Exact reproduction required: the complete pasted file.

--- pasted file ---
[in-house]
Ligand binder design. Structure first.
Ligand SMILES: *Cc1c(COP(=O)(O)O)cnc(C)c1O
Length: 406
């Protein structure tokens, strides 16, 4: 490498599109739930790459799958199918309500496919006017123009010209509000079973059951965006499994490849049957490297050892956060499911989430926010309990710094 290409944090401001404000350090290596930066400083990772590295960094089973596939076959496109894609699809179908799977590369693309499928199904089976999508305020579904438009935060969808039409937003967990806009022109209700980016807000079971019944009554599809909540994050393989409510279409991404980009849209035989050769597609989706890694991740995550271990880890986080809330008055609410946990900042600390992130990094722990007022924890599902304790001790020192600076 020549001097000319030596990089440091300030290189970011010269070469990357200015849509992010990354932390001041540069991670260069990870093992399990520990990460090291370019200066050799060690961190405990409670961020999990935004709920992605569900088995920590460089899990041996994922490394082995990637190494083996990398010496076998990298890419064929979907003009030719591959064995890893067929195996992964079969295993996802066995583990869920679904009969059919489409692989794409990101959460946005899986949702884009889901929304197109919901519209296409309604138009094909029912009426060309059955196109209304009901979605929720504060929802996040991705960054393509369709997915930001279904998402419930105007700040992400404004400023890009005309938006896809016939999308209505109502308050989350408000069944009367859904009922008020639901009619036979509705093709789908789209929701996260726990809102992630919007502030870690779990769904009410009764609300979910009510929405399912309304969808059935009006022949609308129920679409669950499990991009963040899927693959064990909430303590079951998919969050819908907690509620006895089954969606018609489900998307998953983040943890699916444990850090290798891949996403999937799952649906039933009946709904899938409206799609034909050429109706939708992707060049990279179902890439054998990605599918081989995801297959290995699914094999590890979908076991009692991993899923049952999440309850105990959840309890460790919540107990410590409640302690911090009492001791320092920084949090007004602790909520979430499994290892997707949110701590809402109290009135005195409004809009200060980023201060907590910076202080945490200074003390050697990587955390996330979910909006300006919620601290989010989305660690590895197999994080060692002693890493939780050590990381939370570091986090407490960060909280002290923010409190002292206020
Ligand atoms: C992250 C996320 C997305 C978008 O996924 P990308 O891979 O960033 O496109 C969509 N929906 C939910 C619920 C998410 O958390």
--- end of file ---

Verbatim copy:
[in-house]
Ligand binder design. Structure first.
Ligand SMILES: *Cc1c(COP(=O)(O)O)cnc(C)c1O
Length: 406
């Protein structure tokens, strides 16, 4: 490498599109739930790459799958199918309500496919006017123009010209509000079973059951965006499994490849049957490297050892956060499911989430926010309990710094 290409944090401001404000350090290596930066400083990772590295960094089973596939076959496109894609699809179908799977590369693309499928199904089976999508305020579904438009935060969808039409937003967990806009022109209700980016807000079971019944009554599809909540994050393989409510279409991404980009849209035989050769597609989706890694991740995550271990880890986080809330008055609410946990900042600390992130990094722990007022924890599902304790001790020192600076 020549001097000319030596990089440091300030290189970011010269070469990357200015849509992010990354932390001041540069991670260069990870093992399990520990990460090291370019200066050799060690961190405990409670961020999990935004709920992605569900088995920590460089899990041996994922490394082995990637190494083996990398010496076998990298890419064929979907003009030719591959064995890893067929195996992964079969295993996802066995583990869920679904009969059919489409692989794409990101959460946005899986949702884009889901929304197109919901519209296409309604138009094909029912009426060309059955196109209304009901979605929720504060929802996040991705960054393509369709997915930001279904998402419930105007700040992400404004400023890009005309938006896809016939999308209505109502308050989350408000069944009367859904009922008020639901009619036979509705093709789908789209929701996260726990809102992630919007502030870690779990769904009410009764609300979910009510929405399912309304969808059935009006022949609308129920679409669950499990991009963040899927693959064990909430303590079951998919969050819908907690509620006895089954969606018609489900998307998953983040943890699916444990850090290798891949996403999937799952649906039933009946709904899938409206799609034909050429109706939708992707060049990279179902890439054998990605599918081989995801297959290995699914094999590890979908076991009692991993899923049952999440309850105990959840309890460790919540107990410590409640302690911090009492001791320092920084949090007004602790909520979430499994290892997707949110701590809402109290009135005195409004809009200060980023201060907590910076202080945490200074003390050697990587955390996330979910909006300006919620601290989010989305660690590895197999994080060692002693890493939780050590990381939370570091986090407490960060909280002290923010409190002292206020
Ligand atoms: C992250 C996320 C997305 C978008 O996924 P990308 O891979 O960033 O496109 C969509 N929906 C939910 C619920 C998410 O958390």